Go Carts or Bumper Cars? NLRB Asks Court to Fix Its Browning-Ferris Blunder

Browning-Ferris joint employment go cartThe two most fun activities at amusement parks (aside from skee-ball) are Go Carts and Bumper Cars. This is scientific fact. Go Carts are fun because you can go fast, weave around, and drive in circles — all without getting honked at. Bumper Cars are fun because, well, you get to bump people.

The NLRB seems stuck on the Go Cart track, going round and round, when it would rather be in the Bumper Cars.

Last week, we reported on the Board’s sudden decision to vacate its important Hy-Brand decision, issued in December 2017. Hy-Brand was important to businesses because the decision restored sanity and workability to the NLRA’s test for joint employment.

But by vacating the Hy-Brand decision, the dreadful Browning-Ferris standard went back into effect, allowing a finding of joint employment when a company is merely allowed to exercise control that is indirect and insignificant. We’re watching Go Carts. Round and round we go.

The Board’s Republican members are in a bit of a fix. They might not admit it publicly, but they’re trying to figure out another way to reverse Browning-Ferris. The problem is that they need Member Emanuel’s vote to do it. He’d make the vote 3-2. But his prior relationship with the Littler employment defense firm is creating conflicts that may prevent him from participating in a case that re-examines the Browning-Ferris joint employment test.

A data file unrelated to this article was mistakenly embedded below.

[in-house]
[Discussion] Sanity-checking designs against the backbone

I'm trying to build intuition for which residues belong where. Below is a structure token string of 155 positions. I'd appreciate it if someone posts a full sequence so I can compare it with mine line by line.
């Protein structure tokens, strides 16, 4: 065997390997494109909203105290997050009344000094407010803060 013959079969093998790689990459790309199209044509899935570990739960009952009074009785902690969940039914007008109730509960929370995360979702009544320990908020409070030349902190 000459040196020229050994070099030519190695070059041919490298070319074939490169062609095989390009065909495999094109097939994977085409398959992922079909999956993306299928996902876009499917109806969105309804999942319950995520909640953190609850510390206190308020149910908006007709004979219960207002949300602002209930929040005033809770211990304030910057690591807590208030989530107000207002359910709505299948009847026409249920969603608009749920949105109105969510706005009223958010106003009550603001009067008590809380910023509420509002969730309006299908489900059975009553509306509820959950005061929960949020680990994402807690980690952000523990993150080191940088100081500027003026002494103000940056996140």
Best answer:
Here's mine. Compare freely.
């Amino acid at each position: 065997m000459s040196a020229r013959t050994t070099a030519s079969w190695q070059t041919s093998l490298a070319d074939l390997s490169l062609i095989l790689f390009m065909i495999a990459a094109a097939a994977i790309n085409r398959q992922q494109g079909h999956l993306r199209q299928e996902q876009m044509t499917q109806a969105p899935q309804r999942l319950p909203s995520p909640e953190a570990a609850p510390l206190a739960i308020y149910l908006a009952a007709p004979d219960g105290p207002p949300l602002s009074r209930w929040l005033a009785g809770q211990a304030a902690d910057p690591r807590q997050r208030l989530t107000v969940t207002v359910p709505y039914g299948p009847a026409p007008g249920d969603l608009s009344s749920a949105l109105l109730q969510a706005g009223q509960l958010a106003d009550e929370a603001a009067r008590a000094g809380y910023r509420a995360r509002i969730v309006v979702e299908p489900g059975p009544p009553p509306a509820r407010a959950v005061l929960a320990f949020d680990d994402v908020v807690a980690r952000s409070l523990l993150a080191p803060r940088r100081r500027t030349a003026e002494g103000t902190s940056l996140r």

Late last week, the Board tried to switch from Go Carts to Bumper Cars. Instead of finding a new case for the Board, the Board asked the D.C. Court of Appeals to reconsider the 2015 Browning-Ferris decision. Bump us!, the Board now asks. That’s weird for two reasons:

1. The Board “won” that case, in the sense that Browning-Ferris Industries was appealing its loss at the Board level. Now the reconstituted Board wants the appeal to go forward. The winner of the case is asking the Court of Appeals to reconsider.

2. The Court of Appeals already relinquished jurisdiction over the case — at the Board’s request.  After the Hy-Brand decision, the Board asked the Court of Appeals not to review the Browning-Ferris case for the reason that Hy-Brand overruled it. Now that Hy-Brand has been vacated, the Board wants to revive the Browning-Ferris appeal from the grave.  That’s spooky.

For now, the Browning-Ferris standard is back, but I have to think it’s just a matter of time before sanity is restored and a direct control test goes back into effect. The state of joint employment under the NLRA is fluid.


For more information on joint employment, independent contractor issues, and other labor and employment developments to watch in 2018, join me in Cincinnati on March 28 for the 2018 BakerHostetler Master Class on Labor Relations and Employment Law: A Time for Change. Attendance is complimentary, but advance registration is required. Please email me if you plan to attend, tlebowitz@bakerlaw.com, and list my name in your RSVP so I can be sure to look for you.

© 2018 Todd Lebowitz, posted on WhoIsMyEmployee.com, Exploring Issues of Independent Contractor Misclassification and Joint Employment. All rights reserved.